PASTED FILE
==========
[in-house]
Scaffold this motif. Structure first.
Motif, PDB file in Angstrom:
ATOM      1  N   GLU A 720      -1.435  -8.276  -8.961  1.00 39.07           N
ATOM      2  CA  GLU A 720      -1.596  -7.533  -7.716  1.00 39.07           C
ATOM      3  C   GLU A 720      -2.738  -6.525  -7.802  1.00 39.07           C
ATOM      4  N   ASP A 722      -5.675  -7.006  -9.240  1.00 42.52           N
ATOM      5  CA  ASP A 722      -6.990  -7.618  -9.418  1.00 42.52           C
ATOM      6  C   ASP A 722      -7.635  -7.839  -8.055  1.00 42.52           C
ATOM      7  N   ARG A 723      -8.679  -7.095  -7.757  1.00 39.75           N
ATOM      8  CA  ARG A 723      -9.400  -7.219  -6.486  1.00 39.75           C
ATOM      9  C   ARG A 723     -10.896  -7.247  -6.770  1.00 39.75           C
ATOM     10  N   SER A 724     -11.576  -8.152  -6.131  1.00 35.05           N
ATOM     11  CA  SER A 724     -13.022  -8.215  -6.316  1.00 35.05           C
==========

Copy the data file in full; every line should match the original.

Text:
[in-house]
Scaffold this motif. Structure first.
Motif, PDB file in Angstrom:
ATOM      1  N   GLU A 720      -1.435  -8.276  -8.961  1.00 39.07           N
ATOM      2  CA  GLU A 720      -1.596  -7.533  -7.716  1.00 39.07           C
ATOM      3  C   GLU A 720      -2.738  -6.525  -7.802  1.00 39.07           C
ATOM      4  N   ASP A 722      -5.675  -7.006  -9.240  1.00 42.52           N
ATOM      5  CA  ASP A 722      -6.990  -7.618  -9.418  1.00 42.52           C
ATOM      6  C   ASP A 722      -7.635  -7.839  -8.055  1.00 42.52           C
ATOM      7  N   ARG A 723      -8.679  -7.095  -7.757  1.00 39.75           N
ATOM      8  CA  ARG A 723      -9.400  -7.219  -6.486  1.00 39.75           C
ATOM      9  C   ARG A 723     -10.896  -7.247  -6.770  1.00 39.75           C
ATOM     10  N   SER A 724     -11.576  -8.152  -6.131  1.00 35.05           N
ATOM     11  CA  SER A 724     -13.022  -8.215  -6.316  1.00 35.05           C